Owen Lovejoy led the analysis of Big Man’s skeleton. He’s a paleoanthropologist at Kent State University in Ohio. Lovejoy doubts that Little Foot did much walking across tree branches. And he disagrees with Crompton’s idea of how upright walking evolved. Big Man and Little Foot had bodies built for upright walking, he thinks. And they would have walked on the ground, not through trees.

Lovejoy says that one of the new papers supports his idea. That paper shows that Little Foot fell from a short height as a child. This caused a bone-bending forearm injury. (Clarke was an author of that study.) The injury would have made it hard to climb trees. If Little Foot was able to survive into adulthood with this arm injury, upright walking must have been especially important to her species, Lovejoy says.

Small brained woman

Carol Ward is a paleoanthropologist at the University of Missouri in Columbia. She predicts that more studies of Little Foot’s body parts will help to resolve these debates about her way of life. Yet another new study has just come out in the January Journal of Human Evolution. It focused on Little Foot’s brain size.

Amélie Beaudet is a paleoanthropologist at the University of Witwatersrand. She and her colleagues used scanning technologies to help a computer make a 3-D reconstruction, or digital cast, of Little Foot’s brain surface. They then compared it to similar digital casts of 10 other South African hominid specimens. Those fossils were between roughly 1.5 million and 3 million years old.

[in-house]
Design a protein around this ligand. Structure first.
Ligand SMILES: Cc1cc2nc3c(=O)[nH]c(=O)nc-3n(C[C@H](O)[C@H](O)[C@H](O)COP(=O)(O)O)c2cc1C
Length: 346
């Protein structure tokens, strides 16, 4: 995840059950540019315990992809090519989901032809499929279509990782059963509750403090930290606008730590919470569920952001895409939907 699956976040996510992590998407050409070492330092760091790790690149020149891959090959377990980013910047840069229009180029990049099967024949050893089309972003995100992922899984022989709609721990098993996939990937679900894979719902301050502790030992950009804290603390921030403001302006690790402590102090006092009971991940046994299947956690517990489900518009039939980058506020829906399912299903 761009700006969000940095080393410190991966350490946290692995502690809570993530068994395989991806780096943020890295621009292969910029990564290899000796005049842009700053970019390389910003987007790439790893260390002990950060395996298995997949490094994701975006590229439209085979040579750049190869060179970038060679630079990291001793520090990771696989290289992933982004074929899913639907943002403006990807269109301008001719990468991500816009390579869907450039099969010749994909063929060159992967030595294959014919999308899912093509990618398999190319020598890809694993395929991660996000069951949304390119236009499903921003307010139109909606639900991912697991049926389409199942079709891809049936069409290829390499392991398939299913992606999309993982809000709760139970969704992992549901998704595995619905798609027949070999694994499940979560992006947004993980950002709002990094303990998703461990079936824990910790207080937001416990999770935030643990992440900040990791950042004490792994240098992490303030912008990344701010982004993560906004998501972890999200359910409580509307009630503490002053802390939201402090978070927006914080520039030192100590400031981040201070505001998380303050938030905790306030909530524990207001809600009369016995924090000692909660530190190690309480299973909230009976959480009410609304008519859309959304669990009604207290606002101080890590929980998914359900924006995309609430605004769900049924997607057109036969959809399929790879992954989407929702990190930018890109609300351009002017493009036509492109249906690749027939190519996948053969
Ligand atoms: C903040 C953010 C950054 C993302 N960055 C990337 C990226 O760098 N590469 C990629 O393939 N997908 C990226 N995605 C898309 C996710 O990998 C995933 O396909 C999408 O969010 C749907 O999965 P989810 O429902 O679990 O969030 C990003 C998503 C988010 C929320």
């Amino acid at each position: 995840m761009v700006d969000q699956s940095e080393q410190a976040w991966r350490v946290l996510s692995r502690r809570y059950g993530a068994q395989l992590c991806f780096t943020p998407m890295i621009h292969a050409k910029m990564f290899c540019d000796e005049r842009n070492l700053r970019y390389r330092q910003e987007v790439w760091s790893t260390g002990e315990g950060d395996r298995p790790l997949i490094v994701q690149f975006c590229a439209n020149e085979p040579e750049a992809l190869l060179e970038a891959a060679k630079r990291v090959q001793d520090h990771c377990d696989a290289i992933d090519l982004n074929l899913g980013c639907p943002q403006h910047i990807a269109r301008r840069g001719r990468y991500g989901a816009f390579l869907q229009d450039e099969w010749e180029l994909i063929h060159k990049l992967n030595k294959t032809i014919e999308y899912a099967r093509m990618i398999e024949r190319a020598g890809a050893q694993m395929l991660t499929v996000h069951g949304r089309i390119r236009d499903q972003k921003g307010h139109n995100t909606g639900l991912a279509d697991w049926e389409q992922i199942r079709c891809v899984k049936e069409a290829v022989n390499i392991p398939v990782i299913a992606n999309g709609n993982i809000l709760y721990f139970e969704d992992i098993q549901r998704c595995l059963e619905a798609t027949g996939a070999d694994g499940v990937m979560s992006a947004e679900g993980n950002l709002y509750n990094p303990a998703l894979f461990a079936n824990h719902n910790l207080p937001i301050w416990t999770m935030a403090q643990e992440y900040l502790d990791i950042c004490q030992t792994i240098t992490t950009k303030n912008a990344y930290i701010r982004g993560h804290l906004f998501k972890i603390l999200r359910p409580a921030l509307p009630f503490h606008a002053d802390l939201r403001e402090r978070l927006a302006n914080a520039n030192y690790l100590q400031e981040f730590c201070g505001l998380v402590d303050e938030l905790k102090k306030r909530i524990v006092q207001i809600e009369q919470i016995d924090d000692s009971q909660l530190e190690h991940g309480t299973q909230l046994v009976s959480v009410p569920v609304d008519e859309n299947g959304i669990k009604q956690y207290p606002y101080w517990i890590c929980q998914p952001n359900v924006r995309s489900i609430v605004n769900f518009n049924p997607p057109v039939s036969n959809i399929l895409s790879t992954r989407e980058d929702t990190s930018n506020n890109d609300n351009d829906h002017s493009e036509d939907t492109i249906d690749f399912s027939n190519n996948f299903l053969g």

Little Foot had a small brain. Hers was only about one-third the volume of a modern adult woman’s, the new analyses show. In fact, Little Foot’s was more chimplike than was the brain of any other southern African hominid. That’s not surprising, the investigators add: Little Foot is also the oldest known southern African hominid.

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Human Origins Prog., Nat’l Museum Of Natural History, Smithsonian
This family tree shows where anthropologists have conventionally grouped various hominids that lived and evolved before humans (top) — H. sapiens — emerged as a distinct species. Owing to its controversial status, A. prometheus does not yet appear on this tree, but if it did, it would be somewhere on the leftmost limb of the tree.

Bruce Bower has written about the behavioral sciences for Science News since 1984. He writes about psychology, anthropology, archaeology and mental health issues.